Giant Pandas Can’t Digest Bamboos

Posted: May 20 2015, 7:04am CDT | by , in Misc


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Giant Pandas Can’t Digest Bamboos
Credit: Getty Images

Scientists have unveiled that giant pandas are forced to eat so much bamboo that they lack the enzymes to properly digest them.

So now we know why we see pandas eating bamboo all of the time. Pandas are forced to eat Bamboo 14 hours a day. The main reason is that only 17% of the bamboo they swallow.

Researchers have found out in a new study that bacteria which is found in their gut is not the type for efficiently breaking down bamboo. These pandas are meant to eat meat. Scientists have found that these animals actually have a carnivore like gut.

They are the most endangered species on planet as only 1600 pandas are left on Earth. A researcher who was working on giant pandas said that unlike other plant eating animals, they have successfully evolved, anatomically specialized digestive systems so that they could efficiently deconstruct fibrous plant matter.

He also said that the pandas still have a gastrointestinal tract which is similar to that of the carnivores. Pandas don’t have genes for plant digesting enzymes in their own genome. This situation is probably the main reason why they are at a risk of extinction.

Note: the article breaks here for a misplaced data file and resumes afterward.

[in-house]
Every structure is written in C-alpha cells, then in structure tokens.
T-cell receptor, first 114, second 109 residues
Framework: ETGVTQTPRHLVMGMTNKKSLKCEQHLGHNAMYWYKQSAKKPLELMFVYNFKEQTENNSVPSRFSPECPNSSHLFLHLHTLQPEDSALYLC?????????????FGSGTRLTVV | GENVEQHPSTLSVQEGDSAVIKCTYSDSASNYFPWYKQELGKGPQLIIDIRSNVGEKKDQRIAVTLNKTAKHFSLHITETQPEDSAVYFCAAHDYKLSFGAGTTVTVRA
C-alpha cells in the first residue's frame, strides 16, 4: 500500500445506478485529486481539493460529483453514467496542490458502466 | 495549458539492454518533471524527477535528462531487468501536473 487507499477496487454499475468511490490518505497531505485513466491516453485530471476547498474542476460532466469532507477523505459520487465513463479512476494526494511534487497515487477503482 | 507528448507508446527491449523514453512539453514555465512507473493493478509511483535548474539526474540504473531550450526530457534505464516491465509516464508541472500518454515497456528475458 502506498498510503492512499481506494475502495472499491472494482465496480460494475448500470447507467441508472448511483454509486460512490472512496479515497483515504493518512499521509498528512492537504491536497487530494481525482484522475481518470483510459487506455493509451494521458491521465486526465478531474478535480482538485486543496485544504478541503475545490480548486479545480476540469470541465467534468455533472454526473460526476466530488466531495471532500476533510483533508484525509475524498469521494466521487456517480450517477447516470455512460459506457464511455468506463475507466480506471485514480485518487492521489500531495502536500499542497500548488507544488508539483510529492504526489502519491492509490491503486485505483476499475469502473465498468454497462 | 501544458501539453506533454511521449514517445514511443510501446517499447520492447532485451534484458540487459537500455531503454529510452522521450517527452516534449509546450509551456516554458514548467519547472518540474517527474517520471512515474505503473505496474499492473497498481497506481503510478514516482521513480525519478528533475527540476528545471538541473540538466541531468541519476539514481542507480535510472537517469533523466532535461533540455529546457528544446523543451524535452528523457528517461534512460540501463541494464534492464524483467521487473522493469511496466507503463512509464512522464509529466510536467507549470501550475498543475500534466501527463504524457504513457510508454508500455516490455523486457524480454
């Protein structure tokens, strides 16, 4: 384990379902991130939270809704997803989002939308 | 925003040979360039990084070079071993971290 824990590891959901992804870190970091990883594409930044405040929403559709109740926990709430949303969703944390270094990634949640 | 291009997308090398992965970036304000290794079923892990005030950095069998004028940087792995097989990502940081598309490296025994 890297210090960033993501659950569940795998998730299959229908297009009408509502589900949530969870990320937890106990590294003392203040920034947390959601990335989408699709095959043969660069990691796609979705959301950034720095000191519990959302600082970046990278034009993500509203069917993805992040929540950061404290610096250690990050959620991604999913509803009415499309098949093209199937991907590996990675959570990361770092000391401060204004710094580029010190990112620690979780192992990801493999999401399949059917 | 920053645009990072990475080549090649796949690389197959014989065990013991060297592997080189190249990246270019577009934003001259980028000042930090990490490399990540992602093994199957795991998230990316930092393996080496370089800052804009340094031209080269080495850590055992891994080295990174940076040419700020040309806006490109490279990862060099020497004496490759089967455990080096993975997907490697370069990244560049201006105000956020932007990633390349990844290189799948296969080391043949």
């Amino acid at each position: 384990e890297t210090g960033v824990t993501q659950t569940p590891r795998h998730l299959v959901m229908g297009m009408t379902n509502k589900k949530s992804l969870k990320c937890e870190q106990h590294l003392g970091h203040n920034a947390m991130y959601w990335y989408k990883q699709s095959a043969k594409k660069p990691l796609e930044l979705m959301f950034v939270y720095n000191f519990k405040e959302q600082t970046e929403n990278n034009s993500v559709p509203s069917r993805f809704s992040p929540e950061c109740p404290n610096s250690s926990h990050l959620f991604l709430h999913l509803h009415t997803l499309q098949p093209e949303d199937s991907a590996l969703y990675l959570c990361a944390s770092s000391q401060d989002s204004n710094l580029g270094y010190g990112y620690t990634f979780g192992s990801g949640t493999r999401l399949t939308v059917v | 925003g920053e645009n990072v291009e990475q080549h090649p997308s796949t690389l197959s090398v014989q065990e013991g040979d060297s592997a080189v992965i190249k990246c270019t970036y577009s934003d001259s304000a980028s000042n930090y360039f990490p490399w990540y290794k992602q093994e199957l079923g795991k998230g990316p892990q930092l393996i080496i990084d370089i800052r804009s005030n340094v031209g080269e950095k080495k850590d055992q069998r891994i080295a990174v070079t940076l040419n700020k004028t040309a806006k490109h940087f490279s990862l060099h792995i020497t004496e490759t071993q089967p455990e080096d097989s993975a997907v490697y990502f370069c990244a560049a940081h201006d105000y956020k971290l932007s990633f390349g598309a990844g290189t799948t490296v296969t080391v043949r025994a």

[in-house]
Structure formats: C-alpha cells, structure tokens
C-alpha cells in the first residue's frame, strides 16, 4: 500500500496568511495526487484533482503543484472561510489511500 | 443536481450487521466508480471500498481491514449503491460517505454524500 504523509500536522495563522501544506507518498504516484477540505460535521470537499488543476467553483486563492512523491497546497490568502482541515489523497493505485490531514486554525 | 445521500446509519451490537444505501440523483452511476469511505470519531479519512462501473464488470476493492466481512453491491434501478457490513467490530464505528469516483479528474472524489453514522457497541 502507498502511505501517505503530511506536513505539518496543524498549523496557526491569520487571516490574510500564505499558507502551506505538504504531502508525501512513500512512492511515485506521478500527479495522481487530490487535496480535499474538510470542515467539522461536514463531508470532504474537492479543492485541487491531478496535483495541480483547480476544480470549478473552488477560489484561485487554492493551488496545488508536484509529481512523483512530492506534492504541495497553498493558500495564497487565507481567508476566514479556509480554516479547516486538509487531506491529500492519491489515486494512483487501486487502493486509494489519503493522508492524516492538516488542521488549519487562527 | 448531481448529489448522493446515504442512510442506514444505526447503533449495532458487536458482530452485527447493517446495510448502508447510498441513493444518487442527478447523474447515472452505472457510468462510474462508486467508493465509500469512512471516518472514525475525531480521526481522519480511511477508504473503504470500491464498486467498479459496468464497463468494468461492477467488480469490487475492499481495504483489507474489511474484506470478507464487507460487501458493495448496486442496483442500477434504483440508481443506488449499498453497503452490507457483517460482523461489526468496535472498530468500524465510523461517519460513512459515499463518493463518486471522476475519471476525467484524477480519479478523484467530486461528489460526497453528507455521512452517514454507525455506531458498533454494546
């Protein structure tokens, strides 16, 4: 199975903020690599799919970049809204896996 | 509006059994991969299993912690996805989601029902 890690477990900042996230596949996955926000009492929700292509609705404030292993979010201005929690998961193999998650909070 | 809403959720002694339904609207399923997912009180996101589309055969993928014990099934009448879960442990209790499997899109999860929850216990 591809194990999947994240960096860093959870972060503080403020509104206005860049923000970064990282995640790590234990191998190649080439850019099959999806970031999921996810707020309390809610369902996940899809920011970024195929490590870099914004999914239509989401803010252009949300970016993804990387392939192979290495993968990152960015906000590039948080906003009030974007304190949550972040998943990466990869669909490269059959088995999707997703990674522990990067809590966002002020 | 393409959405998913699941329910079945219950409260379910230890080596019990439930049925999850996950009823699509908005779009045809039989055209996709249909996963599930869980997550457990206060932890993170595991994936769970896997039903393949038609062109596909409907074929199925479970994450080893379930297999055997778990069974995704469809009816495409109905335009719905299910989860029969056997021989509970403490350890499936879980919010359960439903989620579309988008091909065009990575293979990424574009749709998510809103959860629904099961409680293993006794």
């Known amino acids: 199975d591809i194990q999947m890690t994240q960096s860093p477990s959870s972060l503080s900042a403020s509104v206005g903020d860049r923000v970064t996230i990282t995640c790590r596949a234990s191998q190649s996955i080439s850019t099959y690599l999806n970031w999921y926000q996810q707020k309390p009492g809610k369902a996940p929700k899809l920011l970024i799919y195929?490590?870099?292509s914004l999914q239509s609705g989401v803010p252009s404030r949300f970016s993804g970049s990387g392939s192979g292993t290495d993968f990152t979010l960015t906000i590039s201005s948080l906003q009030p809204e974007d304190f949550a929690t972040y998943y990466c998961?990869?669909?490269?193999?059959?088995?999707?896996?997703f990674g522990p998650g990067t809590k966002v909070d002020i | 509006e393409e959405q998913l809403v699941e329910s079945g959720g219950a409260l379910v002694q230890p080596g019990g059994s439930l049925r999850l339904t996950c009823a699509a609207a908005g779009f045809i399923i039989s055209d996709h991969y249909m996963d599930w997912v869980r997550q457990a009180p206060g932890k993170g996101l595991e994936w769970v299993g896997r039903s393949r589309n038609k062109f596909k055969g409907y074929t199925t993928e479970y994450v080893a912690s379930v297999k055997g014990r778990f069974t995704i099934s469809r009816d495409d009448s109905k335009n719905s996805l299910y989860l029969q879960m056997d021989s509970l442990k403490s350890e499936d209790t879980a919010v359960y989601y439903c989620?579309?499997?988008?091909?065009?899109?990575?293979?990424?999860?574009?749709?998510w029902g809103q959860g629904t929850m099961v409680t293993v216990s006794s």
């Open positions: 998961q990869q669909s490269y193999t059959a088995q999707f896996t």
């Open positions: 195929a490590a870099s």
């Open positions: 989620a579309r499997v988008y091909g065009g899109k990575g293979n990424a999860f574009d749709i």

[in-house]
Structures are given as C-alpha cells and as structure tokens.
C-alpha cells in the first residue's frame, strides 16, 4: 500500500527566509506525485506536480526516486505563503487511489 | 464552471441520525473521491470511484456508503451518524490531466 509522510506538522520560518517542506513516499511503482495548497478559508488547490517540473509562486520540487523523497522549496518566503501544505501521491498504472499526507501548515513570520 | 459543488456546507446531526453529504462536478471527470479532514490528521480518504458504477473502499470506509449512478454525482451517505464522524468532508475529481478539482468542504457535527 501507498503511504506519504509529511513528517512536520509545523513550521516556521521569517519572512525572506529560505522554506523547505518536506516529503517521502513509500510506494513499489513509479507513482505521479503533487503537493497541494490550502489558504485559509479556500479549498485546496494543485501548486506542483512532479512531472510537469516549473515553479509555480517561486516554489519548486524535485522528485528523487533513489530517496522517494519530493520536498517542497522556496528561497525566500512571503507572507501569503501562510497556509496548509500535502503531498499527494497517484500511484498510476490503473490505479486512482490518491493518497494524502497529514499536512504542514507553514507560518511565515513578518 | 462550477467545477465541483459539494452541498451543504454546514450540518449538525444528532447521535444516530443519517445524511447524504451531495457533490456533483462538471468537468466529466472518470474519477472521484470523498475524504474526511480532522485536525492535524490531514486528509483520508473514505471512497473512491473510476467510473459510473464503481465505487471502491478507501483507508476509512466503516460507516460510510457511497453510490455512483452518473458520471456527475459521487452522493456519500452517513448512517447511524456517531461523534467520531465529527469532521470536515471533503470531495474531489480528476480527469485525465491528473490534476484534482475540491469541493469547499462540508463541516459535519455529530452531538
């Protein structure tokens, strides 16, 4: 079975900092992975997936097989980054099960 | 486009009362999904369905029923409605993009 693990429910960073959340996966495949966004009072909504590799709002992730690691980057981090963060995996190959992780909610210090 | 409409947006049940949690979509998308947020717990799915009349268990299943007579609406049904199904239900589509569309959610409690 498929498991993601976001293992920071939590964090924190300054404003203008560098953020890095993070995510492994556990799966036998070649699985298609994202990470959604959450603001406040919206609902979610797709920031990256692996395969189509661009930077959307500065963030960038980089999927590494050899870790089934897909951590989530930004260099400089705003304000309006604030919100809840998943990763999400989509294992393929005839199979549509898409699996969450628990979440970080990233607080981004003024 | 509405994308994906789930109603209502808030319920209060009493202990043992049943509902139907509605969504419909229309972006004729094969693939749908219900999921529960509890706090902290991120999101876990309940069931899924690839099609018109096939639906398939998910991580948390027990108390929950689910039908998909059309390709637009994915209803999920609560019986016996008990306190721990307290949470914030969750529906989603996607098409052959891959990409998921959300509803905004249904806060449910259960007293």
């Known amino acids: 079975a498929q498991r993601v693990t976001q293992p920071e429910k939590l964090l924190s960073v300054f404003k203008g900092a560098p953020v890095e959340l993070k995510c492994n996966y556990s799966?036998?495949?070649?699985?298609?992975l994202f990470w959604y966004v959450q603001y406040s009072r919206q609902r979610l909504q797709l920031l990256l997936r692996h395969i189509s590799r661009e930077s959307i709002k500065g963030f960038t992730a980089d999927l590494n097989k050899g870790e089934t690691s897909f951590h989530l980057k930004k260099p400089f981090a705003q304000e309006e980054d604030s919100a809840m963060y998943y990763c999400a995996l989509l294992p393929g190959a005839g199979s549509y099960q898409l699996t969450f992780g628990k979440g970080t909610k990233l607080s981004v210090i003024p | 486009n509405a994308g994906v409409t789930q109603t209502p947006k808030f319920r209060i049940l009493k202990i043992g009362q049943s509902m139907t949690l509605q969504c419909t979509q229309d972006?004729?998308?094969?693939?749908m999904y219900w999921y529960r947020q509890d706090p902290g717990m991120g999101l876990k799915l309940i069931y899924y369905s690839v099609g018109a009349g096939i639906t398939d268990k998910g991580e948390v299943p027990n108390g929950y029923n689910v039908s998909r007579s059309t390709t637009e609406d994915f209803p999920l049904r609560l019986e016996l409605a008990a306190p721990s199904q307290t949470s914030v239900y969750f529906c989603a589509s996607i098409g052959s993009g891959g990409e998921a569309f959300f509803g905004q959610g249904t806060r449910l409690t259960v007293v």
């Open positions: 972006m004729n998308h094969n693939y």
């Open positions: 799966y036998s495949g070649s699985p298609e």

Another researcher said that this result in unexpected and quite interesting because it is implying that panda’s gut microbiota may not have well adapted to its unique diet. This has now placed the pandas to an evolutionary dilemma.

He also said that pandas have evolved from bears that ate meat and plants. Then the pandas started eating bamboo exclusively about two million years ago. Pandas spend 14 hours a day eating 27.5 pounds of bamboo leaves and stems.

But because they could only digest 17% of what they eat, their feces is mainly composed of undigested bamboo fragments. The researchers were very curious to find out how the panda is able to digest bamboo fiber and extra nutrients from it.

To observe the panda gut microbiota the scientists used a lab technique called the 16S rRNA sequencing. The results showed that the giant panda gut doesn’t harbor plant degrading bacteria.

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